According to the OIG report, the GF Secretariat failed to comply with the OPN in declaring Burkina Faso a COE country and “the COE classification was communicated to the country in November 2022, together with the flexibilities granted”. The OIG stated that no reason was given for this delay as “little to no evidence was provided of what influenced the decision-making and/or the trade-offs in the decisions taken to implement COE, meaning that the process is highly dependent on undocumented management judgment”.
The delay in declaring the country COE was compounded by the delay in developing an Integrated Contingency Plan (ICP), which is “a comprehensive emergency response proposition into one functional plan to help implementing organizations address difficult country contexts”. The ICP depends partly on the Ministry of Health. In addition, the Country Portfolio Review, which combines programmatic, financial and risk considerations to strengthen progress toward achieving impact, was performed without the portfolio analysis as required by the Guidance on Portfolio Analysis and Operational Strategy (PAOS) in COE portfolios. The OIG explained in careful language that “timely preparation and execution of contingency planning, as provided for in the COE OPN, could have increased opportunities for timely benefit from COE flexibilities, innovative approaches, and new partnerships.”
Additional Safeguards Policy for Burkina Faso
In December 2022, Burkina Faso was placed under Additional Safeguards Policy (ASP). This policy, approved in 2004, is invoked when it is deemed that the Global Fund “monies could be placed in jeopardy without the use of additional measures”. In particular, the ASP allows the GF Secretariat to choose implementers and other contractors without the approval of the Country Coordination Mechanism (CCM) or other implementers. Most countries classified as ASP have documented cases of fraud, corruption, etc., (Here is a Summary of Key Differences between COE & ASP ).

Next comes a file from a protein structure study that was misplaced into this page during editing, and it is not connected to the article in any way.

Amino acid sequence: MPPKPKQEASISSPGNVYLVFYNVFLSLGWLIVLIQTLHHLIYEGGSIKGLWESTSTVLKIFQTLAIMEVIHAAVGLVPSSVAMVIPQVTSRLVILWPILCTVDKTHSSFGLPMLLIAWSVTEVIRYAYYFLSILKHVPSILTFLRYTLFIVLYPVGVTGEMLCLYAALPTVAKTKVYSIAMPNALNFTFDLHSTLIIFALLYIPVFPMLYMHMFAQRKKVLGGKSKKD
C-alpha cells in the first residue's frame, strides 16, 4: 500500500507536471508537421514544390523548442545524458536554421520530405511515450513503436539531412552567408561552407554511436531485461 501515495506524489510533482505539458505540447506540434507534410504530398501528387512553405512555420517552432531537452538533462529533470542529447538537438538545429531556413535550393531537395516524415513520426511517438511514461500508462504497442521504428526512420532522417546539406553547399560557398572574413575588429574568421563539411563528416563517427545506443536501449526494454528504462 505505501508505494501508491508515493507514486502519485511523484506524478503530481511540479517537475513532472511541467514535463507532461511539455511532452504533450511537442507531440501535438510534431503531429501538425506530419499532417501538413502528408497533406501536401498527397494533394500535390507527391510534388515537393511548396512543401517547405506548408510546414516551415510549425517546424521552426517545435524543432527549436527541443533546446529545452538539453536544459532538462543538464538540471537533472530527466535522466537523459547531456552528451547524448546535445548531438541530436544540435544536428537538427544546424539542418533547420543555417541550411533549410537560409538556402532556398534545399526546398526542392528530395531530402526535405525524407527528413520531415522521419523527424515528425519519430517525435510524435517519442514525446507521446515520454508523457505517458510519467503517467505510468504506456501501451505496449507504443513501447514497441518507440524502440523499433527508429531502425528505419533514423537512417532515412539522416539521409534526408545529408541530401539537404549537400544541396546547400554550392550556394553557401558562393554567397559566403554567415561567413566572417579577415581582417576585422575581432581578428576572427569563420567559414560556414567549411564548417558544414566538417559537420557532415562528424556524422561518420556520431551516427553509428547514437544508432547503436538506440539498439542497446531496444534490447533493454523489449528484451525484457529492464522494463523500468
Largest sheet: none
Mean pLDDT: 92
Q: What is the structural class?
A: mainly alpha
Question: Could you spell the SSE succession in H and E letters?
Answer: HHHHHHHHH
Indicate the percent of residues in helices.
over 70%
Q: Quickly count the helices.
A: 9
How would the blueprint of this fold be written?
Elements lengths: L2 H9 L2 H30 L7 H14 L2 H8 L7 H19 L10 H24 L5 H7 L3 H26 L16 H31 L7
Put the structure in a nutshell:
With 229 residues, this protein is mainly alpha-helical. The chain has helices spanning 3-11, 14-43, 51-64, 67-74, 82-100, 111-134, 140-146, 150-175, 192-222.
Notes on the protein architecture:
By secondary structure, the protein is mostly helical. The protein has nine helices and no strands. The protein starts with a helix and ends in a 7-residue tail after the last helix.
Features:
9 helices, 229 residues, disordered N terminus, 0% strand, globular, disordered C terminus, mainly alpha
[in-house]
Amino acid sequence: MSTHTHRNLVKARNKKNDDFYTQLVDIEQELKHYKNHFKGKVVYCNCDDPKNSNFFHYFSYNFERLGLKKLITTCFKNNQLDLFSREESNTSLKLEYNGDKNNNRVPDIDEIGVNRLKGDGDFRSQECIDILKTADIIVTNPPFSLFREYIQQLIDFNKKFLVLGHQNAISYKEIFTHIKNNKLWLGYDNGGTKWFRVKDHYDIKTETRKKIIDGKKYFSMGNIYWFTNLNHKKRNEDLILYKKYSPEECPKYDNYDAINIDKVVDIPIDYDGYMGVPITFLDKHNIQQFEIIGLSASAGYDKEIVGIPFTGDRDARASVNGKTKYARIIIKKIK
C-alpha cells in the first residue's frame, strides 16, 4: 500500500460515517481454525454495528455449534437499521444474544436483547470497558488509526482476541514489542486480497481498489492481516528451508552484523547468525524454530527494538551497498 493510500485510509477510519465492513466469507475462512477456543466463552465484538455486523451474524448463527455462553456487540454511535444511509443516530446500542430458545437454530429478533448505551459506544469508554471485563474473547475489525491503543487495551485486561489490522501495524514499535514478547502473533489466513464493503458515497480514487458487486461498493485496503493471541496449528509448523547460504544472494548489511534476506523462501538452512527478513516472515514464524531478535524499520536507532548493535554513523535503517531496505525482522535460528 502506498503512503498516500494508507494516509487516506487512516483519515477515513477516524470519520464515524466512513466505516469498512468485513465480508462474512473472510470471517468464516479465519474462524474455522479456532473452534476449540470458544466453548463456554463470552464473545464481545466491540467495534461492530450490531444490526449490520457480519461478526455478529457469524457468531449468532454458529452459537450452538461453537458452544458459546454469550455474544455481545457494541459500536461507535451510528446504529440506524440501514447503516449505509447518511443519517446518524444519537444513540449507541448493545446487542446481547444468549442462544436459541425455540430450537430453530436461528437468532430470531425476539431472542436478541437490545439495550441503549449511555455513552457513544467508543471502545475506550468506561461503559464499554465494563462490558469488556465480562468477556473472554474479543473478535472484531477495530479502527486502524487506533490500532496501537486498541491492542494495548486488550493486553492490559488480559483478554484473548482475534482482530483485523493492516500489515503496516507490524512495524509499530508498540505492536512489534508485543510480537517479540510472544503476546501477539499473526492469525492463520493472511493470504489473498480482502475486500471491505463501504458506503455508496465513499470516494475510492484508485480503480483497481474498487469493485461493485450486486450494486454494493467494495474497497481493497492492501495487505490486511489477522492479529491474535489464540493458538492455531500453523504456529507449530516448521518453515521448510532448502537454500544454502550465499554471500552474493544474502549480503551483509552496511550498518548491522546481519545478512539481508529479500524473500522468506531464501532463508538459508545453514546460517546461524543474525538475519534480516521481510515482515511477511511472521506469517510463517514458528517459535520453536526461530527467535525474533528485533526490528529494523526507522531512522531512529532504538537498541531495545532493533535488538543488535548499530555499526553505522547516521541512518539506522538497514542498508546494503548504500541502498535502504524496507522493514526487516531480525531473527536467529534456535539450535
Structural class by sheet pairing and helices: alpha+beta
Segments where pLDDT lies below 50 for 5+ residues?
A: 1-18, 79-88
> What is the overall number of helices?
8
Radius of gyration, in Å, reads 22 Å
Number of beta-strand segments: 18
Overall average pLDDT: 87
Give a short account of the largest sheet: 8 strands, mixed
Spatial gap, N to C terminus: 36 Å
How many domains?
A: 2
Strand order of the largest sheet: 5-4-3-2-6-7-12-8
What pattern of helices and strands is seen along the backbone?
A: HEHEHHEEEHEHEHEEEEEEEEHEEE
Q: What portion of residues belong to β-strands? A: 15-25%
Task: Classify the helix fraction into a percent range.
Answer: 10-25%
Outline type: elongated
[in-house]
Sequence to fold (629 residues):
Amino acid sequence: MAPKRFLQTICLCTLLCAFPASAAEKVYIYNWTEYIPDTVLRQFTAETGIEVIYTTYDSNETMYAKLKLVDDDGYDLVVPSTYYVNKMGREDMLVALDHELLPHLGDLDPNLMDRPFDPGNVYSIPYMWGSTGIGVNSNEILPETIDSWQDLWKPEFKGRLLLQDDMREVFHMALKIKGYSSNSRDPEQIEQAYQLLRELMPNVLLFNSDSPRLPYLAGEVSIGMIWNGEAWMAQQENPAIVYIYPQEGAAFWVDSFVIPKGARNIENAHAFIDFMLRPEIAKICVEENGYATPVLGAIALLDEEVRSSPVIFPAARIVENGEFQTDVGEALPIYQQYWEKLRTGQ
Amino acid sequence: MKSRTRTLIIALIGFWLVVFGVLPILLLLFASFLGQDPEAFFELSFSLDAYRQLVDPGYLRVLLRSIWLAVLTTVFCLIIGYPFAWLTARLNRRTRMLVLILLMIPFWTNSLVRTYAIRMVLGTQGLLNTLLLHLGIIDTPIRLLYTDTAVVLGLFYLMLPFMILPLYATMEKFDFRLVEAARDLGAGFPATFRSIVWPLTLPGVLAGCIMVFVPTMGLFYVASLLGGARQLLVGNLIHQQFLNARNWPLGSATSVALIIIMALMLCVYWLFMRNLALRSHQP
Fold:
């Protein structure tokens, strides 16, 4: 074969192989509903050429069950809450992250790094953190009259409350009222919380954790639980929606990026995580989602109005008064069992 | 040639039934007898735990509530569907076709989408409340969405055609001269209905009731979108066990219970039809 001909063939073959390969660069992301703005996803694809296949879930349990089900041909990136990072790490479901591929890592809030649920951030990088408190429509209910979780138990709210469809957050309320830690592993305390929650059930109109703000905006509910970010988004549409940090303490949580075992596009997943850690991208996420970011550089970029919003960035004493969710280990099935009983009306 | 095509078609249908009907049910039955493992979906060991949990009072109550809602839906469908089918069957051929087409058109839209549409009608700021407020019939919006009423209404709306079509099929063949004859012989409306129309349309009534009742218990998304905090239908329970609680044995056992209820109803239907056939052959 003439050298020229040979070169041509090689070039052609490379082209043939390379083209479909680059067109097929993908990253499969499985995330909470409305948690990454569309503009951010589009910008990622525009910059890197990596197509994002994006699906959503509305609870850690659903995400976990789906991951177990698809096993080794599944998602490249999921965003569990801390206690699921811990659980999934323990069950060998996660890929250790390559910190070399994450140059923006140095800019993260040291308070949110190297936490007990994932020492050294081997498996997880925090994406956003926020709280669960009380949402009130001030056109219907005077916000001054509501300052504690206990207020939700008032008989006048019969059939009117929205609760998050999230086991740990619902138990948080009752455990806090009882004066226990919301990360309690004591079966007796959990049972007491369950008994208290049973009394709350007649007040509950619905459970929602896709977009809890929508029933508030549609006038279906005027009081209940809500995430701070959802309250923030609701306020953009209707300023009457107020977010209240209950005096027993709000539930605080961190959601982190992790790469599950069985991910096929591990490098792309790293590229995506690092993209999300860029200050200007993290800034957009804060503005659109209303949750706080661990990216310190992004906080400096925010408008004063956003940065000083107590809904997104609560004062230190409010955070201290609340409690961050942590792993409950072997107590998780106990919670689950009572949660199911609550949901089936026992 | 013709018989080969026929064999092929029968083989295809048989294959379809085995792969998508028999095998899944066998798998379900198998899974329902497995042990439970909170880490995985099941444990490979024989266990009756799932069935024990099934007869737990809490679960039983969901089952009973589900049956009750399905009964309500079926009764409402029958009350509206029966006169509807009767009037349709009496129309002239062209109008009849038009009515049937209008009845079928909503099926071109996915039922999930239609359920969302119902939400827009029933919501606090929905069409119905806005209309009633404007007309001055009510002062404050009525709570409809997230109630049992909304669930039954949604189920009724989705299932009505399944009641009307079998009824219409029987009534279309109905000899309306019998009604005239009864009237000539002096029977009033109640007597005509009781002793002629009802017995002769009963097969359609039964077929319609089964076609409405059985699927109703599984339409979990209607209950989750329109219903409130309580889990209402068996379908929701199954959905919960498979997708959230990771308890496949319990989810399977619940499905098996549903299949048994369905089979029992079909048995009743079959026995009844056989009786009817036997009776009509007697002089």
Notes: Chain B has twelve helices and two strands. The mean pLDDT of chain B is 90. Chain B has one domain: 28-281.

Observers cannot help but ponder the chronology of events: Burkina Faso qualified to be a COE which would have provided more flexibilities from 2020 but this decision was delayed for two years for unexplained reasons. Almost at the time when the GF Secretariat notified the country of flexibilities in December 2022, the GF Secretariat also invoked the ASP, which allowed its management the right to make decisions for the country overriding the national authorities. Yet, Burkina Faso did not have any financial mismanagement issues. In contrast, another country in the news was swiftly and appropriately declared COE with the beginning of the war in early 2022; and that country has not been declared ASP.
The decision-making of the GF Secretariat management on the Burkina Faso portfolio therefore leaves many questions unanswered.